j.   Support to conduct trainings of basic fish farming and fish breeding technology for local fish farmers and capacity building of skillful technology and techniques of  aquaculture systems,

k. Seeking the improved technologies of aquaculture and providing extension

and training for sustainable development and  expanding of aquaculture


 

industry as a whole,

l.    Implementing and managing to be able to fully imposing of revenue for aquaculture registration,

m. Regularly  observing  the  aquaculture  industry  development  as  a

whole and recording and reporting the extraordinary phenomenon of climate change impacts on aquaculture industry and emerging fish diseases to prevent and adapt from these impacts.

In Myanmar, aquaculture areas have been increased from 30282 acres in

1990-1991 to 174293 acres  in 2000-2001 and then to 443695 acres in 2010-

2011 and 491345 acres in 2017-2018. Aquaculture production has also increased steady annually from 6397 MT in 1990-1991 to 128225 MT in 2000-

2001 and 1048690 MT in 2016-2017. The production from aquaculture subsector increased to   1130350 MT in 2017-2018, which was an increase about 7.78 % compared to 2016-2017 production.

 

Freshwater Aquaculture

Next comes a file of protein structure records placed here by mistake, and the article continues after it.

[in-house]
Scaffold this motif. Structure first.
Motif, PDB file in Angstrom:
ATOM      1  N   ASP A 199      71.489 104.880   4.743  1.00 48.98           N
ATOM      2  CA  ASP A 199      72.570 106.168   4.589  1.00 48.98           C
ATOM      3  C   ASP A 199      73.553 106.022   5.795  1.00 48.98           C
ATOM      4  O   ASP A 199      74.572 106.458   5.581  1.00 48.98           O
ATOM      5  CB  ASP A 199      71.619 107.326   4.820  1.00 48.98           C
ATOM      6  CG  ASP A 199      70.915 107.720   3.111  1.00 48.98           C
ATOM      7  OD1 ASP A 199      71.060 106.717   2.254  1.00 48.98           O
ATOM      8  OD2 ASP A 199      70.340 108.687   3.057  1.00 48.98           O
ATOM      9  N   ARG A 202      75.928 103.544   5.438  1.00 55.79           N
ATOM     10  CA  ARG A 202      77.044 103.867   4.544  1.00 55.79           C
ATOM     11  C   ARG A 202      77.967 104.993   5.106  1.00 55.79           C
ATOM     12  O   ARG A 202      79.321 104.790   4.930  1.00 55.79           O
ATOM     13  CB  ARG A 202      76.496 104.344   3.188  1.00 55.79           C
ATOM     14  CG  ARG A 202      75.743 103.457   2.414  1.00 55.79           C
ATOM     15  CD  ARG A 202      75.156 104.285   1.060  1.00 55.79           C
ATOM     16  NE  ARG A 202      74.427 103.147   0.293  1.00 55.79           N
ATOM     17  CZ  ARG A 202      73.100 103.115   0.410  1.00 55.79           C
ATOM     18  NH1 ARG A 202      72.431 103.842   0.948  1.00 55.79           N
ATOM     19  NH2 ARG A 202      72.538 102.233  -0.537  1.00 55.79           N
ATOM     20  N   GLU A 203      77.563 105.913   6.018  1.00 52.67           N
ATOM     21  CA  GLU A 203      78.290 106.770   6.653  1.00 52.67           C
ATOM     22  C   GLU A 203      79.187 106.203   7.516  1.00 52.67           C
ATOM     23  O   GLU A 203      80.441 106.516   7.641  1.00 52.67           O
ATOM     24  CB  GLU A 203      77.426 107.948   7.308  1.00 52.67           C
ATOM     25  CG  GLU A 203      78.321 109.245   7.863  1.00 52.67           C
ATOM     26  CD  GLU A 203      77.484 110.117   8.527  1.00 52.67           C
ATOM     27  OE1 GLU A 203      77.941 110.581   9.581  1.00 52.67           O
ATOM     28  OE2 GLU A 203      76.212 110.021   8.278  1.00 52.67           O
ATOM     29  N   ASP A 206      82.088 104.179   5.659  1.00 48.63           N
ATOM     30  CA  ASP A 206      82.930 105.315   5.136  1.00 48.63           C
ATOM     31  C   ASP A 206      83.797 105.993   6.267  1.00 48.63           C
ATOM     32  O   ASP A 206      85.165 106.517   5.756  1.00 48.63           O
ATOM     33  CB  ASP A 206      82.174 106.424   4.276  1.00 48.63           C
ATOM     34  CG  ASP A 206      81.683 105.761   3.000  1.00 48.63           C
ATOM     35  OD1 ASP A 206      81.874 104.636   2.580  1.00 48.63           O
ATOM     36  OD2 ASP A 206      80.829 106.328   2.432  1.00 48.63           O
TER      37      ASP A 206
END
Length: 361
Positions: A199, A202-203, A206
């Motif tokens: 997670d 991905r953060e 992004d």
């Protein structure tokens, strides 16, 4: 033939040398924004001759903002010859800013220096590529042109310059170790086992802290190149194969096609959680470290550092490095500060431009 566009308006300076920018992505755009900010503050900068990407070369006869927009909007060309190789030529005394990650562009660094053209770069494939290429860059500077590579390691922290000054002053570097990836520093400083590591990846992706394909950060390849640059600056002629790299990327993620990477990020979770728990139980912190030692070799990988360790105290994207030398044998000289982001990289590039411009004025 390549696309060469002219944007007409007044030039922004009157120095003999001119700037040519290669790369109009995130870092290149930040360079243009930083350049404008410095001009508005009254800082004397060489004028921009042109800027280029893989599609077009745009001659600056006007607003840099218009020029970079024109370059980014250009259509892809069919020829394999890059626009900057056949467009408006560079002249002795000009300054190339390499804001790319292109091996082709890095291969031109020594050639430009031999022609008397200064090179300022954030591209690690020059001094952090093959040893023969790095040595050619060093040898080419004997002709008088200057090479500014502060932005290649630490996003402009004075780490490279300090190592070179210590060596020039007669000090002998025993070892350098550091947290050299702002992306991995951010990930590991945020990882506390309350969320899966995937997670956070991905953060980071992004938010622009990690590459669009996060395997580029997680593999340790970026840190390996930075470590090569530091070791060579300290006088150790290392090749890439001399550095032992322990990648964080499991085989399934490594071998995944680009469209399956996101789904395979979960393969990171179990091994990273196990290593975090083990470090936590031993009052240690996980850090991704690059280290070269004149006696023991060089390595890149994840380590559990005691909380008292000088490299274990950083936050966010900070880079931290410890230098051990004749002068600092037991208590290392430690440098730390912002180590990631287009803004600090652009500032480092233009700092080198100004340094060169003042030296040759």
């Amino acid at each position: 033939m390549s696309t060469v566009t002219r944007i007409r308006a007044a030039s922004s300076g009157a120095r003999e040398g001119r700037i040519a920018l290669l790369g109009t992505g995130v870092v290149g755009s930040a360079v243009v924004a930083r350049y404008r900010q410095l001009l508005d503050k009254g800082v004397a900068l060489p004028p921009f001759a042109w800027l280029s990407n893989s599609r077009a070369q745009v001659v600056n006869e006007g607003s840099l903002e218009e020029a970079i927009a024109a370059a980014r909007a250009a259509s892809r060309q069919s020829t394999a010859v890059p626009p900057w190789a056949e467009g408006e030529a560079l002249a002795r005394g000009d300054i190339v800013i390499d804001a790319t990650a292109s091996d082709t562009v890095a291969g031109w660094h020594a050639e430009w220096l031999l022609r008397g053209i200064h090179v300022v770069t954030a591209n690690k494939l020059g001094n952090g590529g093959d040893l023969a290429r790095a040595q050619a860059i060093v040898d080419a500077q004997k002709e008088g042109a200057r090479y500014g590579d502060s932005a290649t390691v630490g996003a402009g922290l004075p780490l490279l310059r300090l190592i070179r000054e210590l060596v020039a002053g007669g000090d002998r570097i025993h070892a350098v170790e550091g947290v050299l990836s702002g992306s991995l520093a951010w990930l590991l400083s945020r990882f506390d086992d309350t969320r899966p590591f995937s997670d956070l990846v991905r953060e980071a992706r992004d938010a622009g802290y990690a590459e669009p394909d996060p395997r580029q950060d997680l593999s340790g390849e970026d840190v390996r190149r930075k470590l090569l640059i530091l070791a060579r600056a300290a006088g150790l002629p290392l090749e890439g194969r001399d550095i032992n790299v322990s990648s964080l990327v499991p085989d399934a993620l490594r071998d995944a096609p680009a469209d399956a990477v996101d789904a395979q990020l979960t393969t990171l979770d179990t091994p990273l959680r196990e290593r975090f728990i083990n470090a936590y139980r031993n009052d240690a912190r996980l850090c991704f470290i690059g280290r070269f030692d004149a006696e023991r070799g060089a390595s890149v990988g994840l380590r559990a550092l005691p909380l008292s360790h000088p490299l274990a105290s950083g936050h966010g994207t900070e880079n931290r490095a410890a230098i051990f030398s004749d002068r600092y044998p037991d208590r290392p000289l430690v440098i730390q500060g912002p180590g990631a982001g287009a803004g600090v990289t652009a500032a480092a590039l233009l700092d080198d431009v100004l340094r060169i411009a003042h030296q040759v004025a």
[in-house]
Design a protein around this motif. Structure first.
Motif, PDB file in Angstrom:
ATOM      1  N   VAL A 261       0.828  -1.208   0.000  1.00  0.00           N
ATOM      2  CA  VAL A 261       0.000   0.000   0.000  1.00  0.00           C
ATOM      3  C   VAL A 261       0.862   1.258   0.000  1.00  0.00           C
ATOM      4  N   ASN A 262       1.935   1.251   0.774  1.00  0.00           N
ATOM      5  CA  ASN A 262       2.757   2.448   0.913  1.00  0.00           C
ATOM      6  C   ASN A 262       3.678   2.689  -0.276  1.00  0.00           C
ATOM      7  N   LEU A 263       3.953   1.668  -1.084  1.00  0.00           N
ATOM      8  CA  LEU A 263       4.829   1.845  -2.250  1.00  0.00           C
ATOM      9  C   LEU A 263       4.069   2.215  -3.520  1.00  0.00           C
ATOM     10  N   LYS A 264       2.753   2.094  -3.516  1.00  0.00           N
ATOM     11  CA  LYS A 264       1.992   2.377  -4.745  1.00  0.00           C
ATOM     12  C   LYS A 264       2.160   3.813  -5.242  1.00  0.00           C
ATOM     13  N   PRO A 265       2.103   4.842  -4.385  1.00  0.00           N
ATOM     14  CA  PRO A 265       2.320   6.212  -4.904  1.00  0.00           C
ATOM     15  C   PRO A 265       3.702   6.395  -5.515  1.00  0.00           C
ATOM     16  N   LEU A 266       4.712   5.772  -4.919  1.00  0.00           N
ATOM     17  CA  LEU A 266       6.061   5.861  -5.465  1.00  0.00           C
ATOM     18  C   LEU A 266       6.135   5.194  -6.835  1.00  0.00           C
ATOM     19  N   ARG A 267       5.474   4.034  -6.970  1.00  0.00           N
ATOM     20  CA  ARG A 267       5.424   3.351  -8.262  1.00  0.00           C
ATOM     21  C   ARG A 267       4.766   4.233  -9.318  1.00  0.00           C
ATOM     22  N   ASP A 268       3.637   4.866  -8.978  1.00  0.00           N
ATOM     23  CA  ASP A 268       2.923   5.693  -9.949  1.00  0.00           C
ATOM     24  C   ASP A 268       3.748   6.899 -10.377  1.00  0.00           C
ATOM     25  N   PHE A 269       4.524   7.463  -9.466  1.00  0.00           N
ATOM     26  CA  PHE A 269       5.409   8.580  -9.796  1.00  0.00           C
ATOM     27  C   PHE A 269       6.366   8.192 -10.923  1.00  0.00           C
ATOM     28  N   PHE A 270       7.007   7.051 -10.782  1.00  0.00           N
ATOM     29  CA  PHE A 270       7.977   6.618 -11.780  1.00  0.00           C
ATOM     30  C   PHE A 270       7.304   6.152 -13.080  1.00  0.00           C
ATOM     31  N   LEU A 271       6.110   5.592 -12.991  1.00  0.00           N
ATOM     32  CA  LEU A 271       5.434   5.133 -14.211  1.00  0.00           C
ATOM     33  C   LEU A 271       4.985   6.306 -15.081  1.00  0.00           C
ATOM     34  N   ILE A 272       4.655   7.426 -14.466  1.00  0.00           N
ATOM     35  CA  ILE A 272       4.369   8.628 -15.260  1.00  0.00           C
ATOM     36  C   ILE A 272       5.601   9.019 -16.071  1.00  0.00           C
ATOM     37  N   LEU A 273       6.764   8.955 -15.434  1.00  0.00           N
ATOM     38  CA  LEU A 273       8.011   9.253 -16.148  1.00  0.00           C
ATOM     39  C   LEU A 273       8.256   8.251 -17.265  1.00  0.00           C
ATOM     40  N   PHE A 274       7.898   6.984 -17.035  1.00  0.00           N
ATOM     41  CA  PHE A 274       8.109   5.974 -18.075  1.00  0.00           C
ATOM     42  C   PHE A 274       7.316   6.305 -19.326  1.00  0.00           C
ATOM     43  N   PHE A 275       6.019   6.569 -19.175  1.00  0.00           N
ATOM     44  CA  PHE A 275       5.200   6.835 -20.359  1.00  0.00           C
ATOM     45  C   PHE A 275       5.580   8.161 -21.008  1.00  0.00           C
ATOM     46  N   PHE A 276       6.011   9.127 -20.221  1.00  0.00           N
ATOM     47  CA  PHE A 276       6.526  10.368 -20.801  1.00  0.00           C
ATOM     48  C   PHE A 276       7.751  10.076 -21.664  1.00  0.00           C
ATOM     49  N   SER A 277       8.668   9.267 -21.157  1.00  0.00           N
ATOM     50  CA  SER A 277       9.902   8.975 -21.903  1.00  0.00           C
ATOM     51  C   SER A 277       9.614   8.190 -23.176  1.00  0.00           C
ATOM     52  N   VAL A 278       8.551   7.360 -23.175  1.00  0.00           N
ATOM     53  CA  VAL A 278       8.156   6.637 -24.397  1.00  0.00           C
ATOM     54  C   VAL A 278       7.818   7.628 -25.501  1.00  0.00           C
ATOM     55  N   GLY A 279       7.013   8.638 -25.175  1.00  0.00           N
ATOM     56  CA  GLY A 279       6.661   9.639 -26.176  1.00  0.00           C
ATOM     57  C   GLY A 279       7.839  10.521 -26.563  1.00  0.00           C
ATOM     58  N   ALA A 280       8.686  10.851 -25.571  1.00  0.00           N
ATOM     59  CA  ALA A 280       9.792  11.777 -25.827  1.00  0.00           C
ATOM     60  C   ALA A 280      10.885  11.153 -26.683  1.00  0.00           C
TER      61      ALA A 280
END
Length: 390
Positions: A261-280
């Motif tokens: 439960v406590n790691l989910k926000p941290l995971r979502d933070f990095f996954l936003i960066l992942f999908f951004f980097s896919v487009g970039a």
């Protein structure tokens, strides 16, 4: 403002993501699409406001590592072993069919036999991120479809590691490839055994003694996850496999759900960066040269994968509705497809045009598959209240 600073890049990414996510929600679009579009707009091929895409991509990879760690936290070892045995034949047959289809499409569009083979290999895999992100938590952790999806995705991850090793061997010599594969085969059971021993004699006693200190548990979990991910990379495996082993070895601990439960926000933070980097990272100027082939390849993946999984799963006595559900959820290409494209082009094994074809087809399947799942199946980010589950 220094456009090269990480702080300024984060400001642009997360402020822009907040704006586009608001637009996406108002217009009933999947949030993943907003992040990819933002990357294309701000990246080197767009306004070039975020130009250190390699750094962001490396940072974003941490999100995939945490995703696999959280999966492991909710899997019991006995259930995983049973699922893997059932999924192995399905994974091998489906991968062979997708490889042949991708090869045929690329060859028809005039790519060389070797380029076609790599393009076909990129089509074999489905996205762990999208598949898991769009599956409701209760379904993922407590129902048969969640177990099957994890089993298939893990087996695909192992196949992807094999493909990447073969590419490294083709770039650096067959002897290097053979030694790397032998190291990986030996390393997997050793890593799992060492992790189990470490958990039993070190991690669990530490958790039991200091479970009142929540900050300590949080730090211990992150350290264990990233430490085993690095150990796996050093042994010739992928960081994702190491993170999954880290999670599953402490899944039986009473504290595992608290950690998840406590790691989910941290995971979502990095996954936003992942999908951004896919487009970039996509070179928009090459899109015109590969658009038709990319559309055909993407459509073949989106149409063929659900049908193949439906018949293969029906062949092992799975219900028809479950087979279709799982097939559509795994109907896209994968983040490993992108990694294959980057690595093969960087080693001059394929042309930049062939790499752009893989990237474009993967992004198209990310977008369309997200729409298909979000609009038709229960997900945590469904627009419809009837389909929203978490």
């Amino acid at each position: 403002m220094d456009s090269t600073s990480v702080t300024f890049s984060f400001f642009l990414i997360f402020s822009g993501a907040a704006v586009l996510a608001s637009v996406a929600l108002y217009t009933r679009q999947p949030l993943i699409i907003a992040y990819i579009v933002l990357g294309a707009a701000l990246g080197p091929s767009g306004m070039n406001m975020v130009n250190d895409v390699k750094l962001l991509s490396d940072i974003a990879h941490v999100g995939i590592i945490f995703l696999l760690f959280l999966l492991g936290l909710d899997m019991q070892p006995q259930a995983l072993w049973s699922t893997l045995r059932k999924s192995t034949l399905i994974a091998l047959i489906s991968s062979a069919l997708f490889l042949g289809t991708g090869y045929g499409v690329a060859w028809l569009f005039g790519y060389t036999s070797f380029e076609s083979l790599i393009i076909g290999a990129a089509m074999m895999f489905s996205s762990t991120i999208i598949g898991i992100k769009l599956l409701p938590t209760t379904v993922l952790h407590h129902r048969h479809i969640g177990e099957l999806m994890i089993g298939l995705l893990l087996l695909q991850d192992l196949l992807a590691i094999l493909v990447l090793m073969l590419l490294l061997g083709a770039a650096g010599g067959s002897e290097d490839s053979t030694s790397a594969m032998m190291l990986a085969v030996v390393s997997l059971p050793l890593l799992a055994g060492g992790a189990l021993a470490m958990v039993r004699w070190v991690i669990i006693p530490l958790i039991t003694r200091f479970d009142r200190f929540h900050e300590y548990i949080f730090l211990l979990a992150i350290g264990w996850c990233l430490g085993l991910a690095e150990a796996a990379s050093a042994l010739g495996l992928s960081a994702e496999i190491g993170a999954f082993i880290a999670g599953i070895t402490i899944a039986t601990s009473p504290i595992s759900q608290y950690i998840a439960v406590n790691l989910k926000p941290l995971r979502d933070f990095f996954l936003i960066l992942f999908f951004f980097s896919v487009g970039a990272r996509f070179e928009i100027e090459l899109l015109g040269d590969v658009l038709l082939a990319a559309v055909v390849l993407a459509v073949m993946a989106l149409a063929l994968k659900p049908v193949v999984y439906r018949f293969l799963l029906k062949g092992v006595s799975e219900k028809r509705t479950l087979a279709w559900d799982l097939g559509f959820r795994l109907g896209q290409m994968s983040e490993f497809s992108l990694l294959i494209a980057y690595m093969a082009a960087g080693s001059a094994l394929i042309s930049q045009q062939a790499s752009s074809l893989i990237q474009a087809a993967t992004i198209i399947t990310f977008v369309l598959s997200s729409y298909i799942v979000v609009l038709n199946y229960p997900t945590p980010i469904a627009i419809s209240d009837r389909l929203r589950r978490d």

Currently over 20 species of freshwater fishes including common carp, Indian major carps, Chinese carps, Tilapia, Pangasius and walking catfishes and Pacu are being cultured. Rohu (Labeo rohita) withstands as the most common and commercial cultured species which is native to Myanmar. Actually the collection of fry and fingerlings has not been permitted so as to conserve and enhance the natural fish stocks. This is as a measure of follow- up of the Law Relating to Aquaculture that was promulgated in 1990. However in order to develop aquaculture particularly in production and productivity of quality fish seeds, hatchery concerned farmers are allowed to collect the fry and fingerlings prior to permission of DoF. As a result, rohu aquaculture industry becomes more developed and promising. In order to promote and distribute the quality fish seed, DoF has tried to upgrade the brood stocks quality by proper management through its 27 fishery stations that are conducting seed production and providing technical assistance to farmers.